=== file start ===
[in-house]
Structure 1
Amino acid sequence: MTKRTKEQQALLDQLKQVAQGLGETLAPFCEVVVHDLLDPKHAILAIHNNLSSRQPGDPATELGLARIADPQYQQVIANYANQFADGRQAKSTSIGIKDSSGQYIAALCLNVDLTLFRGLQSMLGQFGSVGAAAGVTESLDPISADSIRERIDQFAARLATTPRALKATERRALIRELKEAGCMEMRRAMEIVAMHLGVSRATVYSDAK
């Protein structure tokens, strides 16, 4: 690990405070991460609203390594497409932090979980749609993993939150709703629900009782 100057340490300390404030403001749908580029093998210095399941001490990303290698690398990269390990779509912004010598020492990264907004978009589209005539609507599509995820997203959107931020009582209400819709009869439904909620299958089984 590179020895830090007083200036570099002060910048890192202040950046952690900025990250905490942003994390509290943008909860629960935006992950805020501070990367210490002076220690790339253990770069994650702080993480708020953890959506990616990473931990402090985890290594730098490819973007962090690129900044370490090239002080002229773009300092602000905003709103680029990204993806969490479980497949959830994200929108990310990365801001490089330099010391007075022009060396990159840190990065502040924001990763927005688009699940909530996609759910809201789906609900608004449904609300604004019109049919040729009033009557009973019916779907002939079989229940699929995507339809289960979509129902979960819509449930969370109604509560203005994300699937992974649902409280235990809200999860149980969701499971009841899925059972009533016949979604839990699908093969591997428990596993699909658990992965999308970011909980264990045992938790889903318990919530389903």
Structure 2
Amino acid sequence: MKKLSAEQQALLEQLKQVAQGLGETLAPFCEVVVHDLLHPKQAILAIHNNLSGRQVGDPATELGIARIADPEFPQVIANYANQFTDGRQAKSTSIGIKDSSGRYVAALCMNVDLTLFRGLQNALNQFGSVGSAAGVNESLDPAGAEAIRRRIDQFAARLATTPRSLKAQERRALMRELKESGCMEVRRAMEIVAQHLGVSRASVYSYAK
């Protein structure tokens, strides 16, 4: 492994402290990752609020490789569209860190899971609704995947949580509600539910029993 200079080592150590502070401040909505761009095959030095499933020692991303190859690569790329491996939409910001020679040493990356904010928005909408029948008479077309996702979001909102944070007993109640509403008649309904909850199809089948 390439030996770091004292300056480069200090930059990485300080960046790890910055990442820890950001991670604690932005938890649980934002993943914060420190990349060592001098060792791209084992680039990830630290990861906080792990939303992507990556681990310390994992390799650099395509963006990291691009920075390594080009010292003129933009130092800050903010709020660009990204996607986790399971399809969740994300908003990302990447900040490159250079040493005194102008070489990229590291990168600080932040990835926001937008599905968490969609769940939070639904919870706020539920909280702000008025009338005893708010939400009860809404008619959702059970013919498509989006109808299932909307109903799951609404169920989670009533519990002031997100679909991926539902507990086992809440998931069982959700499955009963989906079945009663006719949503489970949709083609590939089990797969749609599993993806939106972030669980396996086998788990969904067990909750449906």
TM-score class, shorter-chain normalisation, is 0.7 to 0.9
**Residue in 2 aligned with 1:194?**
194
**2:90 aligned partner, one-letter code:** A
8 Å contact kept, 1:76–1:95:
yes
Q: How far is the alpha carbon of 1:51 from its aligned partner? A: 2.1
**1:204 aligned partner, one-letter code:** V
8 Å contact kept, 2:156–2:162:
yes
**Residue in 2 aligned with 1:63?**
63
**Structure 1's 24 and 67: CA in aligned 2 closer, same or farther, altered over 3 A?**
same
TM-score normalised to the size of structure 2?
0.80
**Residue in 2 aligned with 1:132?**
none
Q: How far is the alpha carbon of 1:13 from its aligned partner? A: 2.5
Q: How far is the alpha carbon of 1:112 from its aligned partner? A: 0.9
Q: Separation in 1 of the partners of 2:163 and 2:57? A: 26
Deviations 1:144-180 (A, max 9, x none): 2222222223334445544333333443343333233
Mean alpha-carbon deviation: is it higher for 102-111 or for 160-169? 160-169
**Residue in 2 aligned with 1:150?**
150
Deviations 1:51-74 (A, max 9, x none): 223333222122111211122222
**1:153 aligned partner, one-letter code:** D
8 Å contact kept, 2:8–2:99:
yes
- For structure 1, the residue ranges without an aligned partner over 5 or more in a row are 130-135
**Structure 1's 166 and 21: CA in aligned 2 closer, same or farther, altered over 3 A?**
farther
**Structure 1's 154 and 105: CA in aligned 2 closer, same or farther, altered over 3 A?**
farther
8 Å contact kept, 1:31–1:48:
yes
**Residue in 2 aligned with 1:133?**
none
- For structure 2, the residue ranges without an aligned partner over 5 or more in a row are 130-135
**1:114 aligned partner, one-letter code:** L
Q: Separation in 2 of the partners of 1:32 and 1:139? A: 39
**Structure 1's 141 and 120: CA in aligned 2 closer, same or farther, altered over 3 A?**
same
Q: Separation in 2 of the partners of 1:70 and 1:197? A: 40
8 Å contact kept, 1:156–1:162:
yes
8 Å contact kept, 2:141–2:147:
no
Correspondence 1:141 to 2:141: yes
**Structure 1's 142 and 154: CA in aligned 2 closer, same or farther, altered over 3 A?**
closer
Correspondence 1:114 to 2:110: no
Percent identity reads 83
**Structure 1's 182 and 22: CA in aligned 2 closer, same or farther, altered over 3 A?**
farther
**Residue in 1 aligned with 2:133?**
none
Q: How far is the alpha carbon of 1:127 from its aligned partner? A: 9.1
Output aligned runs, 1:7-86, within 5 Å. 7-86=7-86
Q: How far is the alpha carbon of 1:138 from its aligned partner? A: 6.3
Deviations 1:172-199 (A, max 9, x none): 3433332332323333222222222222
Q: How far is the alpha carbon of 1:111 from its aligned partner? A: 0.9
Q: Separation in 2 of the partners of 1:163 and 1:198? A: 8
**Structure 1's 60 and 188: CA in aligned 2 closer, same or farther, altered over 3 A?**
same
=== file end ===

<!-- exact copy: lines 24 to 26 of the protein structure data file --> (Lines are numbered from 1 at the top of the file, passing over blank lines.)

**Residue in 2 aligned with 1:132?**
none
Q: How far is the alpha carbon of 1:13 from its aligned partner? A: 2.5